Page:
Jared Marx is an attorney at Washington, DC law firm Harris, Wiltshire Grannis. He advises companies about bitcoin-related regulatory law and represents companies and individuals in civil and criminal proceedings.
Here, he discusses why a new securities ruling is a potential boon for ‘crypto 2.0’ and ‘bitcoin 2.0’ companies operating in the US.
The new rules give businesses in the blockchain ecosystem an avenue to get financial backing from the best-educated investors out there: their users.
I wrote last week about the challenges that ‘bitcoin 2.0’ companies face from the squishy definition of a “security” under US law. These new rules don’t resolve that ambiguity, but they do create a low-cost safe harbor for businesses that want to avoid uncertainty (and possible criminal exposure) by simply treating their token sales as sales of securities.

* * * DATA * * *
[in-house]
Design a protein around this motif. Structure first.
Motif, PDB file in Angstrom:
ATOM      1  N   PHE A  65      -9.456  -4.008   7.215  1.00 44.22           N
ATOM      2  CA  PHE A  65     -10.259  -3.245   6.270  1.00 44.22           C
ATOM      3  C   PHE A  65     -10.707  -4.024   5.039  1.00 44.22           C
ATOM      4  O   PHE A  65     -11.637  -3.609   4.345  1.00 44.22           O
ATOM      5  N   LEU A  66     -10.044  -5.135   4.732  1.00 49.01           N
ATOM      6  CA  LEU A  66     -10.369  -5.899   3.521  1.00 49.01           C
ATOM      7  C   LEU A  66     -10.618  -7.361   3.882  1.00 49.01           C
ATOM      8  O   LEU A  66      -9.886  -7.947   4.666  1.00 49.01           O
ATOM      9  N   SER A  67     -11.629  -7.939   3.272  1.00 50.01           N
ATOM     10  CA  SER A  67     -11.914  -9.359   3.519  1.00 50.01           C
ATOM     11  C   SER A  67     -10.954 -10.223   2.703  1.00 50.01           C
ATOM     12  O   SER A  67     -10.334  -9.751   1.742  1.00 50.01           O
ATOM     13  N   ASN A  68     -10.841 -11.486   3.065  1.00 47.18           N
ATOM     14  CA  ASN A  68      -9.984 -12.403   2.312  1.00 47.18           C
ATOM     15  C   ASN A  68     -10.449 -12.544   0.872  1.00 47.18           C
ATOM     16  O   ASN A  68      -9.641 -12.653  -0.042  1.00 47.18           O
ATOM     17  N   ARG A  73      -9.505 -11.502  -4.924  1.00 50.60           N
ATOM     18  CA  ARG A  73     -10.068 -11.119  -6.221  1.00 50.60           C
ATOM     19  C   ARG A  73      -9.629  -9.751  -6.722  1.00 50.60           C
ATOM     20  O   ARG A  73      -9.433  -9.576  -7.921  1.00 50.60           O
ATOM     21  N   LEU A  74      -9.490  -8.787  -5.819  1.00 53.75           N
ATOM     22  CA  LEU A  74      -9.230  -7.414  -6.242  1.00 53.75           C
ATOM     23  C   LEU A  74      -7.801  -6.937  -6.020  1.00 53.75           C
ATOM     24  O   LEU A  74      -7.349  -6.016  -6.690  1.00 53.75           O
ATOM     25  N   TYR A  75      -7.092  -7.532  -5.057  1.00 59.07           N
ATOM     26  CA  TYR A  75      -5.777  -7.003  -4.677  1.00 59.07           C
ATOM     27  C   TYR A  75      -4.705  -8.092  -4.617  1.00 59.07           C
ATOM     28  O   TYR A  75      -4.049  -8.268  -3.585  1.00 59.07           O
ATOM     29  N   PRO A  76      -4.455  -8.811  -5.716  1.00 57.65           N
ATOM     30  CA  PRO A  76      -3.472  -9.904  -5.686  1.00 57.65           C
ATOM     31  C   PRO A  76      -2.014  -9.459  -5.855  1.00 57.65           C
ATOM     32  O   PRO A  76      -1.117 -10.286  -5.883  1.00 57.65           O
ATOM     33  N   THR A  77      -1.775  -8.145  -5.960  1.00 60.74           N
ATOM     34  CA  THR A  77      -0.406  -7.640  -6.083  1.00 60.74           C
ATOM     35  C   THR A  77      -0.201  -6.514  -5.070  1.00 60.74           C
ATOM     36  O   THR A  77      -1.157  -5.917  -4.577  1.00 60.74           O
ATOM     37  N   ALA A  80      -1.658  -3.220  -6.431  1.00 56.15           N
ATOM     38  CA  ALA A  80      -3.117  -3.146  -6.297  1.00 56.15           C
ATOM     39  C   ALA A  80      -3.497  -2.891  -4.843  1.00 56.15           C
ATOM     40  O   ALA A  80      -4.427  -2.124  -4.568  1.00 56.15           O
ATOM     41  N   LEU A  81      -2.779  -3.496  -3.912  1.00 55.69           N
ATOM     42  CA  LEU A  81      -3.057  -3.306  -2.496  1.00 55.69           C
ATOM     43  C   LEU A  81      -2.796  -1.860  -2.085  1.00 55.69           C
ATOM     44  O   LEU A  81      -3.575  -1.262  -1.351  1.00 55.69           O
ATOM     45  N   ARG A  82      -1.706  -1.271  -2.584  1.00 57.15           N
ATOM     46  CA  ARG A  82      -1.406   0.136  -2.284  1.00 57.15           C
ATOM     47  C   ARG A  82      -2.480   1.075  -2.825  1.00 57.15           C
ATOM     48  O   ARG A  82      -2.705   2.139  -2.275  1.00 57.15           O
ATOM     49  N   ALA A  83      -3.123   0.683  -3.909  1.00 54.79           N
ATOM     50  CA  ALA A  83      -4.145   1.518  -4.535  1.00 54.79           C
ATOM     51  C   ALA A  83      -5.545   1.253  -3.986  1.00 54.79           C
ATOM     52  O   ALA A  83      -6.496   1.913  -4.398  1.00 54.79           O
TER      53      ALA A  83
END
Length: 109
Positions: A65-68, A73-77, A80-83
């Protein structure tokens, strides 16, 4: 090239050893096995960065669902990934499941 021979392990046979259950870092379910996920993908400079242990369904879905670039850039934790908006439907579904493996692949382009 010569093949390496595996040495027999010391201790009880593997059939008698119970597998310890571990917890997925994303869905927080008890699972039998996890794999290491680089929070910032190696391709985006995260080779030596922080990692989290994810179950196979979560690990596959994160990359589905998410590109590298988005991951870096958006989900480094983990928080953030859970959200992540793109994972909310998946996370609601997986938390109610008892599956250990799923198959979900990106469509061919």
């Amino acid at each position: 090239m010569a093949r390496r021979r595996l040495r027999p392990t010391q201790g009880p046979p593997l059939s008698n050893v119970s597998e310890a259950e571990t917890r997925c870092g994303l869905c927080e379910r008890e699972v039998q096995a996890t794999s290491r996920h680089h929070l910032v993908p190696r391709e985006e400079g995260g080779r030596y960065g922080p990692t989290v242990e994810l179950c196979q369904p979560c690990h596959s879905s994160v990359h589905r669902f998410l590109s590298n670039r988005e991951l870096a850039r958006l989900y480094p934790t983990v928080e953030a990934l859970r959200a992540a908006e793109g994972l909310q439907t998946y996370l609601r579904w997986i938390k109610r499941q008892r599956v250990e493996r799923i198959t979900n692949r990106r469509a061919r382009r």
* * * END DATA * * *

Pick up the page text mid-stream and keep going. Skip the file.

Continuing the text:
Here’s how it works: prior to these rules, a company could generally sell securities only to wealthy individuals or after going through expensive registration with the SEC.
Now, companies can file a mini-registration statement with the SEC and then sell